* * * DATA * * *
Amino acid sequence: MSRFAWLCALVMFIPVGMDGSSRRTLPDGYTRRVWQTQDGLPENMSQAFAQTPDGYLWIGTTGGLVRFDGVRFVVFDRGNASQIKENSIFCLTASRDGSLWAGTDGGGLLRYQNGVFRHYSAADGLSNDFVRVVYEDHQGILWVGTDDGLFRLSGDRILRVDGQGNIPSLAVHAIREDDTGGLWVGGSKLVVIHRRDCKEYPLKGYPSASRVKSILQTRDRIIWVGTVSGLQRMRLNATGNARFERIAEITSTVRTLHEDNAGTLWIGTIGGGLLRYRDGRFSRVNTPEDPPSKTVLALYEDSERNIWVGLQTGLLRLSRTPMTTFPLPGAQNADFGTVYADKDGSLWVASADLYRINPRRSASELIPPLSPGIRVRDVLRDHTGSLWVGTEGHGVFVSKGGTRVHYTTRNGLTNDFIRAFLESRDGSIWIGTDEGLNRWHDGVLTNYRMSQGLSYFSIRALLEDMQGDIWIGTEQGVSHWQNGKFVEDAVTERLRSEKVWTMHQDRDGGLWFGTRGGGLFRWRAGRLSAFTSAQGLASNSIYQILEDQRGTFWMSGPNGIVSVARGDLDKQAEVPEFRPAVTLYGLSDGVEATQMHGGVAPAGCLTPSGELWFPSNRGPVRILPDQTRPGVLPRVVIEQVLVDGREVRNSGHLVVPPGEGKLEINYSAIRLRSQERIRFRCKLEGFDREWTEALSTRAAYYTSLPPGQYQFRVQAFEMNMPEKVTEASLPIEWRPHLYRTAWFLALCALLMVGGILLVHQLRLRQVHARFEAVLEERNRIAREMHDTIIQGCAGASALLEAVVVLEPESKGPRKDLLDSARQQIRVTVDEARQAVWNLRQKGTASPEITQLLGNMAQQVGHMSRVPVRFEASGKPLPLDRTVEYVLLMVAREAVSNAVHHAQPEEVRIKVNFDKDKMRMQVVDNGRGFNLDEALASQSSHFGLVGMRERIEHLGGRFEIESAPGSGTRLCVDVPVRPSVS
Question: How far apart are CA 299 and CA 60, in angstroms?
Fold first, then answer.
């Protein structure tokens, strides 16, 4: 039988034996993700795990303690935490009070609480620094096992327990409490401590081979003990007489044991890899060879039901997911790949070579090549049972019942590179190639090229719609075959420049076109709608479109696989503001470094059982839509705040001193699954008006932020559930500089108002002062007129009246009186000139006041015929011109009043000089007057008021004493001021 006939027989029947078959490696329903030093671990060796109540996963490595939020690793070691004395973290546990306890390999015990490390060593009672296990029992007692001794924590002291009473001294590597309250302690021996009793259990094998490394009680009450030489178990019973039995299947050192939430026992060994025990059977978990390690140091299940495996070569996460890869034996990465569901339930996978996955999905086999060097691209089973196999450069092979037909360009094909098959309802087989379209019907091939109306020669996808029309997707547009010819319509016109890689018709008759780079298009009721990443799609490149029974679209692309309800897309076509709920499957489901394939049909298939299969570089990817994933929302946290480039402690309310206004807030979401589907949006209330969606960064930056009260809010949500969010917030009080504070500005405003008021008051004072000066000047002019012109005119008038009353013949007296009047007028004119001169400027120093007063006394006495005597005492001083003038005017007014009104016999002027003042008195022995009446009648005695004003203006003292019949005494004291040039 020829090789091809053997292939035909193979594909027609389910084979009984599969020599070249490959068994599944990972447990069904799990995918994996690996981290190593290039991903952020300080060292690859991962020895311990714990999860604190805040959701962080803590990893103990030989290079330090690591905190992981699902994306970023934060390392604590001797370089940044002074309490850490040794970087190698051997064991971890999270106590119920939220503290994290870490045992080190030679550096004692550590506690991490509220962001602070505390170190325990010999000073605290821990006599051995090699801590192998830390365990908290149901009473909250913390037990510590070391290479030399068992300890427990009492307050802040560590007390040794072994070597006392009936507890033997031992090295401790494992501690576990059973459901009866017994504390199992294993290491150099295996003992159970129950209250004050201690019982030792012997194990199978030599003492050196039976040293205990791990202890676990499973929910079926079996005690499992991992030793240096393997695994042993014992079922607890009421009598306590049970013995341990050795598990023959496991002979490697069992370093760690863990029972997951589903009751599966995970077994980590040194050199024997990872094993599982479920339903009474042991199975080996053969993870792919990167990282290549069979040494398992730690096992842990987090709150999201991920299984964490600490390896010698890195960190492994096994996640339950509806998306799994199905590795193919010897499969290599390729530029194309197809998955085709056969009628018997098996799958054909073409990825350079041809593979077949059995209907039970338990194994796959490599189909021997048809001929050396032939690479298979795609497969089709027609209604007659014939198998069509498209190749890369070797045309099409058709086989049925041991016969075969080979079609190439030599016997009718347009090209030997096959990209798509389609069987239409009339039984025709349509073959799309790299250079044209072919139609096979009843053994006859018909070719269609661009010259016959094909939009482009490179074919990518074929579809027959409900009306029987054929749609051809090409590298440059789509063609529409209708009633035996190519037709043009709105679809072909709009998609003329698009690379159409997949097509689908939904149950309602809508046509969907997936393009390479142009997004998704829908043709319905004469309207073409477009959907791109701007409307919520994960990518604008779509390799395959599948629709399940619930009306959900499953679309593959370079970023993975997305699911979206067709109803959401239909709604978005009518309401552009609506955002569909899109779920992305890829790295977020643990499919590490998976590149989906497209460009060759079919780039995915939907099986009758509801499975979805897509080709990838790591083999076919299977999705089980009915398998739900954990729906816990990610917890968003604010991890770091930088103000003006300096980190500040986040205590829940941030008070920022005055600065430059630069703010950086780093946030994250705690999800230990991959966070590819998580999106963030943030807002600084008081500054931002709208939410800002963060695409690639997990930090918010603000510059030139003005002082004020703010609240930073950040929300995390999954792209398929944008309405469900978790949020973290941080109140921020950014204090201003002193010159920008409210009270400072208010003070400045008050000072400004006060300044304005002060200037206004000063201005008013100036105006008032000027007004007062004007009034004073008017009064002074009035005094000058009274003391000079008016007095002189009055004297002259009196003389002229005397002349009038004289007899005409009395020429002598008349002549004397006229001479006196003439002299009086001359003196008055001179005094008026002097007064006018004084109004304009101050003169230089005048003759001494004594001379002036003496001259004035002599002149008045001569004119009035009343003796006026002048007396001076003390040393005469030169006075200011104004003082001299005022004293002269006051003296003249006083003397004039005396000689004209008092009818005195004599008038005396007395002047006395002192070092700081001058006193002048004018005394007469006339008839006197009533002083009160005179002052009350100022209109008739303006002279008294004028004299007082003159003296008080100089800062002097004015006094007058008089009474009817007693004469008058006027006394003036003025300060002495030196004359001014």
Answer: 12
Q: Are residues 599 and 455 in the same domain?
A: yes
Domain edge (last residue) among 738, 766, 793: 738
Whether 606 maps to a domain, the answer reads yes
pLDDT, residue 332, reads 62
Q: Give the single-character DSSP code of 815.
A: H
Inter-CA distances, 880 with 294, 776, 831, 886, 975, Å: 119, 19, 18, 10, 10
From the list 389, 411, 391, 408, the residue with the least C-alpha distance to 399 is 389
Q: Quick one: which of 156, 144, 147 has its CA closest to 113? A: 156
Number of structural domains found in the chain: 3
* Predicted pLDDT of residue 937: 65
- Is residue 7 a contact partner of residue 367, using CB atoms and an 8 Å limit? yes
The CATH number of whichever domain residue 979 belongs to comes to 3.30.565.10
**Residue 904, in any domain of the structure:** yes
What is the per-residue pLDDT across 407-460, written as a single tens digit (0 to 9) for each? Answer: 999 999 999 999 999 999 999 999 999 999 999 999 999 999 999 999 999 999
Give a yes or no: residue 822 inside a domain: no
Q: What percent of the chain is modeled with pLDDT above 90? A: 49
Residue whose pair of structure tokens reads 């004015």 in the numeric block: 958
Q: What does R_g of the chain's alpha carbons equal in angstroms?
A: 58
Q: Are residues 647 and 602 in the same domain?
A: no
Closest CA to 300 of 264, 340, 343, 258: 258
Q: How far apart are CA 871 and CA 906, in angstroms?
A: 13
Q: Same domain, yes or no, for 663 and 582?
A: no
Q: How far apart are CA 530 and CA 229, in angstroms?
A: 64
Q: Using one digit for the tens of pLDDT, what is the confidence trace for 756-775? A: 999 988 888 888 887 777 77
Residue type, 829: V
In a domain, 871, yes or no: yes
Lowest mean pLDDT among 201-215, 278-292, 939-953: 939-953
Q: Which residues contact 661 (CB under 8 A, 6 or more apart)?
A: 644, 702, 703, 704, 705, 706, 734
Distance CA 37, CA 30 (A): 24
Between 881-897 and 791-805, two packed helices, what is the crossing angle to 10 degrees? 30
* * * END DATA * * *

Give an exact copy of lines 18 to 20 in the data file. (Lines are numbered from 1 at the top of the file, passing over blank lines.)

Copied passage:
- Is residue 7 a contact partner of residue 367, using CB atoms and an 8 Å limit? yes
The CATH number of whichever domain residue 979 belongs to comes to 3.30.565.10
**Residue 904, in any domain of the structure:** yes